At Nudge, we measure attention as a key metric for content performance. Attention, measured in seconds, is the time that a person is actively consuming the content. It is slightly different from ‘ Time on page’, and usually lower because we pause the clock when the person leaves the page, reads other content, or becomes inactive on the page.
For instance, if you click to the content and switch to other tabs without closing the content, Nudge would pause the tracking until you come back and actively read the content.
Nudge’s attention metric usually has two distinct neighbours, which help illustrate it’s position, and effectiveness. The first is Google’s “ time on page ”. This takes the difference in time the user is seen from page A to page B. The issues with this:
- If the user does not visit page B- which has to be under the same Google Analytics account- you are unable to record a value for this user.
- If the user visits page A, then visits 3 other sites, before visiting page B, Google will not capture this path. It will add the time spent on the 3 other sites to page A.
- If the user is inactive on page A for 25 minutes, and then visits page B, page A will be recorded as 25 minutes. This is“technically” accurate, but the user being inactive on the site for 24 of those 25 minutes removes any signal from the metric.
The other metric is other applications’ attention seconds. We’ve found that, in almost every case, that other applications put less of a focus on the accuracy of this metric. We see applications checking every 30 seconds, 60 seconds, or even 5 minutes! This means that if a user spends 29 seconds on page, they will - best case - be recorded as 0 seconds. If they spend 59 seconds, they will be recorded as 30. This loses a huge amount of data. With Nudge focusing so heavily on this metric, we collect data at least once per second. This gives us an incredible amount of accuracy, when compared to other products.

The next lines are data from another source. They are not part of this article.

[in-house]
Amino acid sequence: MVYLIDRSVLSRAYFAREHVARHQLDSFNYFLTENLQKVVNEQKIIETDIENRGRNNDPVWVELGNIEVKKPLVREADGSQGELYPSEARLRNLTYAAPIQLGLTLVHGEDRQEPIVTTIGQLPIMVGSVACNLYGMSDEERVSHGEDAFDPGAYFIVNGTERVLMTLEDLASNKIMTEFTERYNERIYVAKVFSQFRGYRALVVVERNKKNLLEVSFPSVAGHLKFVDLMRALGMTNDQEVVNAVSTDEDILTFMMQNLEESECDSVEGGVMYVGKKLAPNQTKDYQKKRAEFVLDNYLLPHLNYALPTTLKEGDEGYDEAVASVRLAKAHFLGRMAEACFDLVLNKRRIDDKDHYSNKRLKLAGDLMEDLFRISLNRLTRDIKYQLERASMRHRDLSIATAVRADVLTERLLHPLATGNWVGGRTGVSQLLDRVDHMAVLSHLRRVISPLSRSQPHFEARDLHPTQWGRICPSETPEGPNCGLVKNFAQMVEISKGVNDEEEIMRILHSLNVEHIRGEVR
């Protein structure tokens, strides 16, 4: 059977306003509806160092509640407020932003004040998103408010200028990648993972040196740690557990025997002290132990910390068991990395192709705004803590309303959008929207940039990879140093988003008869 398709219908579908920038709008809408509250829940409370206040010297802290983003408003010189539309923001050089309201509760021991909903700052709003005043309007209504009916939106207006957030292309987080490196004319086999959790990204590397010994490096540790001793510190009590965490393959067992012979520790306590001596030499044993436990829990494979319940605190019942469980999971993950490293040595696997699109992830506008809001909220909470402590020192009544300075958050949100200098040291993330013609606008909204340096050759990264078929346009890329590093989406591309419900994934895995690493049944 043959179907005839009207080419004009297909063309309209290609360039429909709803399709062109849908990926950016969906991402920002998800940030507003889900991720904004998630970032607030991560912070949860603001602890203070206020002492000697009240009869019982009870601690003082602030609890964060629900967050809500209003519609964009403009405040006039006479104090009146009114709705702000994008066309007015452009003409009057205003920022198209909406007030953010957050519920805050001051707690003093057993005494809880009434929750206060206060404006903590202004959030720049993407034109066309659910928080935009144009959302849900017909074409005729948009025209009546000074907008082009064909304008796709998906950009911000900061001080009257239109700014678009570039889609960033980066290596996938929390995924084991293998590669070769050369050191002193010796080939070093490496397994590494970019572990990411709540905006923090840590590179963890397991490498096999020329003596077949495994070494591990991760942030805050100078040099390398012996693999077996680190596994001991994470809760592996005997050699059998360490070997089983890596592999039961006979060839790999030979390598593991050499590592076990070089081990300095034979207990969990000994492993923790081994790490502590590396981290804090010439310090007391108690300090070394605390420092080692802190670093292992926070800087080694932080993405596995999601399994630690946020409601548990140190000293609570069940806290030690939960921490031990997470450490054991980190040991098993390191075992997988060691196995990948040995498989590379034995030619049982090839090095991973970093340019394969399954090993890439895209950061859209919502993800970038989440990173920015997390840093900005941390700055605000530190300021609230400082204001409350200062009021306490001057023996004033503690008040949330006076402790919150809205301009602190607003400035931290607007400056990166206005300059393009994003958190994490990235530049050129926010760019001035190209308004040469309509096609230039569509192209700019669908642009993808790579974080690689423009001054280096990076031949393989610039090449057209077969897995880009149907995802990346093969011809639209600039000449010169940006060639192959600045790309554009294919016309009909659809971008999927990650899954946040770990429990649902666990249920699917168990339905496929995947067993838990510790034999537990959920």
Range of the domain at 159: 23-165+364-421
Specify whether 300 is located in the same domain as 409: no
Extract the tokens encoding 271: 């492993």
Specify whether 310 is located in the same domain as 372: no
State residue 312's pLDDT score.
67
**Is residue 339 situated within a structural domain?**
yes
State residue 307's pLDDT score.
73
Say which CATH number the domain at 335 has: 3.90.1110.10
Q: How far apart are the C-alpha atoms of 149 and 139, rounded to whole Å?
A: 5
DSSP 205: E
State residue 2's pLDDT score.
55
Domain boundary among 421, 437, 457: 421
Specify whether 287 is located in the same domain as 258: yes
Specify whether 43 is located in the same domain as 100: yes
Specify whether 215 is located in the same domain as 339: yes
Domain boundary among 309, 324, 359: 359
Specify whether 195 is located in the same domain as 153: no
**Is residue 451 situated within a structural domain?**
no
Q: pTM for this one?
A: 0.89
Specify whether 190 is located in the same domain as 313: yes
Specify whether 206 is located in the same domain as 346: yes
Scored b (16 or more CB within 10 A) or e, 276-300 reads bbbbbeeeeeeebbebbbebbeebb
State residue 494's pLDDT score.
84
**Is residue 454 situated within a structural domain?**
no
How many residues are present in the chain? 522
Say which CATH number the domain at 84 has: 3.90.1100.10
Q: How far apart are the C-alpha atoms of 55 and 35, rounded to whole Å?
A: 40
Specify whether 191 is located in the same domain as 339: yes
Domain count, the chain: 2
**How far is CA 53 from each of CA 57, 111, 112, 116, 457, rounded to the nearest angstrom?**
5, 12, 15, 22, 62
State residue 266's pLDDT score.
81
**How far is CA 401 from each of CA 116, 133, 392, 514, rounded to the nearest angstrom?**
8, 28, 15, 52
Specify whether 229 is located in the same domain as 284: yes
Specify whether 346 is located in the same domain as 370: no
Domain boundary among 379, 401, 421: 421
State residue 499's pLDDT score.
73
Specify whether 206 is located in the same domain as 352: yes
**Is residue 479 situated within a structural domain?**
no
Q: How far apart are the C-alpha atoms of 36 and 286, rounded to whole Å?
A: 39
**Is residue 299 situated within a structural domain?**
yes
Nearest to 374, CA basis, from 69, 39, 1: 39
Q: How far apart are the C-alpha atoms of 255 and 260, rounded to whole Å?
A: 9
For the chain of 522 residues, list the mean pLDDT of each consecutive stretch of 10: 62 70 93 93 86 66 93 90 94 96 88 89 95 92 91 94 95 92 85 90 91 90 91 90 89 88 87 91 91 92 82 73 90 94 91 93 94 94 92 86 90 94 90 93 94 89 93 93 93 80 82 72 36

Attention seconds is a major indicator for post-click traffic quality. This metric is important as some content is consumed but not shared, i.e. health topics, this helps give a balanced measure. Marketers need an objective way to compare the return on investment of different kinds of mediums, measuring active attention time is one way of doing that.
Nudge also allows you to compare different traffic sources, by understanding their post-click performance you can see where money is best spent. For example in a recent campaign Facebook was driving 90 attention seconds vs 42 on Twitter, this does vary campaign to campaign.